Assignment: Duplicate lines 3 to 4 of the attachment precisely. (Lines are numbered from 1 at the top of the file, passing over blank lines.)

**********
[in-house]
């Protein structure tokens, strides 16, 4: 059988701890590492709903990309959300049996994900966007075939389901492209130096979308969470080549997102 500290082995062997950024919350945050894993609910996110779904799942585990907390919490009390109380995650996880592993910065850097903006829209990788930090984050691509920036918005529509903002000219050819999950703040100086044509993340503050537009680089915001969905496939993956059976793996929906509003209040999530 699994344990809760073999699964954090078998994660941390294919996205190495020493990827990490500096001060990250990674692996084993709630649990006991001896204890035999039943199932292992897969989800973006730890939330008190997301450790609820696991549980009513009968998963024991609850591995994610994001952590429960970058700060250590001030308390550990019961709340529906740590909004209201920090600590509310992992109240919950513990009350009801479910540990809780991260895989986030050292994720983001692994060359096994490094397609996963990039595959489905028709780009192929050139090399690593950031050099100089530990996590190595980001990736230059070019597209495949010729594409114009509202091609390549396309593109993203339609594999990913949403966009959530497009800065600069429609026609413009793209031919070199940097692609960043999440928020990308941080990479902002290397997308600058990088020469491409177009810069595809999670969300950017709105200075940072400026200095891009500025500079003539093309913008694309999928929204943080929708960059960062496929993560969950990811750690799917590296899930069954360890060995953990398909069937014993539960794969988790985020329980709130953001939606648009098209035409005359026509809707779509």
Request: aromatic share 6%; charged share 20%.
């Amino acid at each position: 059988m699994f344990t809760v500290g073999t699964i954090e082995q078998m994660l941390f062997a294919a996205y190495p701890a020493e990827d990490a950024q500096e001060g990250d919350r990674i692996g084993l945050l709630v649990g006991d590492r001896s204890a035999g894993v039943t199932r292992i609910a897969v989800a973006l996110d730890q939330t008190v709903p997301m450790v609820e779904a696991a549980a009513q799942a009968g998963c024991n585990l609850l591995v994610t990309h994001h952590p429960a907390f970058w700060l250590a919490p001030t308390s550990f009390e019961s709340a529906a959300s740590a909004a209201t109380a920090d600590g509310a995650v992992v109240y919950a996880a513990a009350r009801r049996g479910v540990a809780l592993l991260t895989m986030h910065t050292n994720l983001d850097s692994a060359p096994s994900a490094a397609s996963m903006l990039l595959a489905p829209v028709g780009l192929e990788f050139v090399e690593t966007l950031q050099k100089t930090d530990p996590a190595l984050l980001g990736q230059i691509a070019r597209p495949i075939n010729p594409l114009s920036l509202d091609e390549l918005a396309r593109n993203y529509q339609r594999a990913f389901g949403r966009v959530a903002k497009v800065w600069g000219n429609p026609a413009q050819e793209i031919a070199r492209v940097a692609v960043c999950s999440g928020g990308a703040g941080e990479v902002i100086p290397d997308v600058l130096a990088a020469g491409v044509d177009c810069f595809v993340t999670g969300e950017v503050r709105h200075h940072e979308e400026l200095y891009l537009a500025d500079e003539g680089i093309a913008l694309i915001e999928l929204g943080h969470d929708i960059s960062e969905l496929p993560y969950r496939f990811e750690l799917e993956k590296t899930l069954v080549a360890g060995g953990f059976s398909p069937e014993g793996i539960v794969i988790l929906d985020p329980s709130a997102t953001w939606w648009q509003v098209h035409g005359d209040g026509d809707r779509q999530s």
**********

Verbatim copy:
Request: aromatic share 6%; charged share 20%.
């Amino acid at each position: 059988m699994f344990t809760v500290g073999t699964i954090e082995q078998m994660l941390f062997a294919a996205y190495p701890a020493e990827d990490a950024q500096e001060g990250d919350r990674i692996g084993l945050l709630v649990g006991d590492r001896s204890a035999g894993v039943t199932r292992i609910a897969v989800a973006l996110d730890q939330t008190v709903p997301m450790v609820e779904a696991a549980a009513q799942a009968g998963c024991n585990l609850l591995v994610t990309h994001h952590p429960a907390f970058w700060l250590a919490p001030t308390s550990f009390e019961s709340a529906a959300s740590a909004a209201t109380a920090d600590g509310a995650v992992v109240y919950a996880a513990a009350r009801r049996g479910v540990a809780l592993l991260t895989m986030h910065t050292n994720l983001d850097s692994a060359p096994s994900a490094a397609s996963m903006l990039l595959a489905p829209v028709g780009l192929e990788f050139v090399e690593t966007l950031q050099k100089t930090d530990p996590a190595l984050l980001g990736q230059i691509a070019r597209p495949i075939n010729p594409l114009s920036l509202d091609e390549l918005a396309r593109n993203y529509q339609r594999a990913f389901g949403r966009v959530a903002k497009v800065w600069g000219n429609p026609a413009q050819e793209i031919a070199r492209v940097a692609v960043c999950s999440g928020g990308a703040g941080e990479v902002i100086p290397d997308v600058l130096a990088a020469g491409v044509d177009c810069f595809v993340t999670g969300e950017v503050r709105h200075h940072e979308e400026l200095y891009l537009a500025d500079e003539g680089i093309a913008l694309i915001e999928l929204g943080h969470d929708i960059s960062e969905l496929p993560y969950r496939f990811e750690l799917e993956k590296t899930l069954v080549a360890g060995g953990f059976s398909p069937e014993g793996i539960v794969i988790l929906d985020p329980s709130a997102t953001w939606w648009q509003v098209h035409g005359d209040g026509d809707r779509q999530s």